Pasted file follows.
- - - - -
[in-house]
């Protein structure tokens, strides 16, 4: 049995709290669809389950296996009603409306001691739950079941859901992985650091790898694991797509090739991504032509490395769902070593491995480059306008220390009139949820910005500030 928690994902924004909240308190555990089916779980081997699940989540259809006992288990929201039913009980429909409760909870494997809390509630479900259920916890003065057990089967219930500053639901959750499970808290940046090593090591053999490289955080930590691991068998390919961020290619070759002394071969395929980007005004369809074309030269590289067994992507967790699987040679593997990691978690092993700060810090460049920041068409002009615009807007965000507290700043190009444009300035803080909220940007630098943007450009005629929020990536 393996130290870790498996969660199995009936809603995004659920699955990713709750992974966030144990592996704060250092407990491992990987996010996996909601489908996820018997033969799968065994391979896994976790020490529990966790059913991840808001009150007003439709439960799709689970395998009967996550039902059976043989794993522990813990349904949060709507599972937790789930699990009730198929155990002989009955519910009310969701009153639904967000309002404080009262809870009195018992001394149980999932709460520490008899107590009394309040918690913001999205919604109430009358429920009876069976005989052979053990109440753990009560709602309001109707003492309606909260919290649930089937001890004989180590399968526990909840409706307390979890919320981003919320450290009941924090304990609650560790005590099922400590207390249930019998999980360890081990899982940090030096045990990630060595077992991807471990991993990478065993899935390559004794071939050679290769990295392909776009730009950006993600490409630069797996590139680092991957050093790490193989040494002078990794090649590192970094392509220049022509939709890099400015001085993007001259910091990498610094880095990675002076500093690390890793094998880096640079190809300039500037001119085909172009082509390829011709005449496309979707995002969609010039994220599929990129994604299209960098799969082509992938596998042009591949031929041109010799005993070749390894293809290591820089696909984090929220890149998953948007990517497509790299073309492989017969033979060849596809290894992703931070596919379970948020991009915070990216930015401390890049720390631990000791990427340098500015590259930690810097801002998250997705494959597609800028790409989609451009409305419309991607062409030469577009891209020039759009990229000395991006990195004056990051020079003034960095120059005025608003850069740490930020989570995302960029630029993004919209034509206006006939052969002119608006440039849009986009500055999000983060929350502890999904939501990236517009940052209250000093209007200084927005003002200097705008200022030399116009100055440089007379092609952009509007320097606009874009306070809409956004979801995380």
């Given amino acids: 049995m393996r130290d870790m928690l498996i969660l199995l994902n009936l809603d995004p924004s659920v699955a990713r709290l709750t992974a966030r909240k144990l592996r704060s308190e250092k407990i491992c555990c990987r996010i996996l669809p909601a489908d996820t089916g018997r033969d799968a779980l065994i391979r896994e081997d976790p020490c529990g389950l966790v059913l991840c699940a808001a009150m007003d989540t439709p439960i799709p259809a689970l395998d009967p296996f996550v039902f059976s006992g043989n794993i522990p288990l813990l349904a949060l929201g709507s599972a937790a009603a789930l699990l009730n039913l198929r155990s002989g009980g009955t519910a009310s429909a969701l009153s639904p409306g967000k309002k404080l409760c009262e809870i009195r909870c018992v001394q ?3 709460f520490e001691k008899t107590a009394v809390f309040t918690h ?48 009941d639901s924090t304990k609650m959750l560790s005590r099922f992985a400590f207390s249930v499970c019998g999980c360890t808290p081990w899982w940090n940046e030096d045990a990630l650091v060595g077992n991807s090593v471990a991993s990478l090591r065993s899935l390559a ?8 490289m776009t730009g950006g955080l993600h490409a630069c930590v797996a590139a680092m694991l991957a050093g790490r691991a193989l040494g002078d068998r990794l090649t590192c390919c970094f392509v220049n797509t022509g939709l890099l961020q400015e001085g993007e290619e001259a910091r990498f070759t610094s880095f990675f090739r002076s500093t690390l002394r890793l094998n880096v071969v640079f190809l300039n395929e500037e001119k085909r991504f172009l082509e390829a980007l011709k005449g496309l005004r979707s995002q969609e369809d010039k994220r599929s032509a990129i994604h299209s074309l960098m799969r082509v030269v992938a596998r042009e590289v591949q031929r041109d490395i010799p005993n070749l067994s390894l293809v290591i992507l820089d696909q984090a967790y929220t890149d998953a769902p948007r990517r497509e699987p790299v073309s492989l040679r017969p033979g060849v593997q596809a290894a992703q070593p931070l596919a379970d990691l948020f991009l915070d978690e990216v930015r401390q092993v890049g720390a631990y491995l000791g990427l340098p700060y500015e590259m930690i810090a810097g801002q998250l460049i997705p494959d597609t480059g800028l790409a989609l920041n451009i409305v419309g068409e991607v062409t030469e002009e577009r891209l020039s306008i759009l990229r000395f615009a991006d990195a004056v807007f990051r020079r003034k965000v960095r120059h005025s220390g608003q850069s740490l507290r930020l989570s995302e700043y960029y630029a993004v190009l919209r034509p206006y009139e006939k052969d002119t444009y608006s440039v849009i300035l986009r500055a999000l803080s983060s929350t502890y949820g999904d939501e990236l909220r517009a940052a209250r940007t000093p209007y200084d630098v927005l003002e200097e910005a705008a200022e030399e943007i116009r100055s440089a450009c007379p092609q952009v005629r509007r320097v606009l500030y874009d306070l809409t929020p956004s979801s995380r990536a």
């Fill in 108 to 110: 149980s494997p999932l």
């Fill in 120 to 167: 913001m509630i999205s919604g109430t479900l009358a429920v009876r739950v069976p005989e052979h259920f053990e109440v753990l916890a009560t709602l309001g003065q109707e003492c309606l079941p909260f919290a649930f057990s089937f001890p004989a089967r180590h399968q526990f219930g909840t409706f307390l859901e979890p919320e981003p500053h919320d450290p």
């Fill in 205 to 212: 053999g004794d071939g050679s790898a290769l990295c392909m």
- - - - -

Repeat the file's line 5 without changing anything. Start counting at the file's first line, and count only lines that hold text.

């Fill in 120 to 167: 913001m509630i999205s919604g109430t479900l009358a429920v009876r739950v069976p005989e052979h259920f053990e109440v753990l916890a009560t709602l309001g003065q109707e003492c309606l079941p909260f919290a649930f057990s089937f001890p004989a089967r180590h399968q526990f219930g909840t409706f307390l859901e979890p919320e981003p500053h919320d450290p």